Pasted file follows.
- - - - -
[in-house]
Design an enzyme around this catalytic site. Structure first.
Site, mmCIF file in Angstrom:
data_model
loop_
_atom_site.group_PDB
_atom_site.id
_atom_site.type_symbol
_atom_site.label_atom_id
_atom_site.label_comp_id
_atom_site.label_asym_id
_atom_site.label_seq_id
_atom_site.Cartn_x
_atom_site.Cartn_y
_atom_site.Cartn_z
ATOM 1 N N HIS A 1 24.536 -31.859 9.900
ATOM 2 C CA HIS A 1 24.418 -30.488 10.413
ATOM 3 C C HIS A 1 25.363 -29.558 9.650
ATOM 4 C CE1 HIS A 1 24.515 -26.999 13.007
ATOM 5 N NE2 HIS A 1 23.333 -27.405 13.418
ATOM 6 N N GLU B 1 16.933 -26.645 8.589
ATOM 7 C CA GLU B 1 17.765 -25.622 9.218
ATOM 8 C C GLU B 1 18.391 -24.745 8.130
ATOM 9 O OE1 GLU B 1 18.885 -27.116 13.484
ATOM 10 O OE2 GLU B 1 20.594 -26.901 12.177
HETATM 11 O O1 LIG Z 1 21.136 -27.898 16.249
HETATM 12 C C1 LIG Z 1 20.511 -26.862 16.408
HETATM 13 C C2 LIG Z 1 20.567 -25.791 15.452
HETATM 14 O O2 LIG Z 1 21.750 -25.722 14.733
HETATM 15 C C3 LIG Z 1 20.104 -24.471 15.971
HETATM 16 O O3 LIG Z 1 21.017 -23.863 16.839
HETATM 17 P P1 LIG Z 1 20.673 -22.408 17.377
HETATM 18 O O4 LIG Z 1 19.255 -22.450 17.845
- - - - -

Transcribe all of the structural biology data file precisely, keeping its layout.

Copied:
[in-house]
Design an enzyme around this catalytic site. Structure first.
Site, mmCIF file in Angstrom:
data_model
loop_
_atom_site.group_PDB
_atom_site.id
_atom_site.type_symbol
_atom_site.label_atom_id
_atom_site.label_comp_id
_atom_site.label_asym_id
_atom_site.label_seq_id
_atom_site.Cartn_x
_atom_site.Cartn_y
_atom_site.Cartn_z
ATOM 1 N N HIS A 1 24.536 -31.859 9.900
ATOM 2 C CA HIS A 1 24.418 -30.488 10.413
ATOM 3 C C HIS A 1 25.363 -29.558 9.650
ATOM 4 C CE1 HIS A 1 24.515 -26.999 13.007
ATOM 5 N NE2 HIS A 1 23.333 -27.405 13.418
ATOM 6 N N GLU B 1 16.933 -26.645 8.589
ATOM 7 C CA GLU B 1 17.765 -25.622 9.218
ATOM 8 C C GLU B 1 18.391 -24.745 8.130
ATOM 9 O OE1 GLU B 1 18.885 -27.116 13.484
ATOM 10 O OE2 GLU B 1 20.594 -26.901 12.177
HETATM 11 O O1 LIG Z 1 21.136 -27.898 16.249
HETATM 12 C C1 LIG Z 1 20.511 -26.862 16.408
HETATM 13 C C2 LIG Z 1 20.567 -25.791 15.452
HETATM 14 O O2 LIG Z 1 21.750 -25.722 14.733
HETATM 15 C C3 LIG Z 1 20.104 -24.471 15.971
HETATM 16 O O3 LIG Z 1 21.017 -23.863 16.839
HETATM 17 P P1 LIG Z 1 20.673 -22.408 17.377
HETATM 18 O O4 LIG Z 1 19.255 -22.450 17.845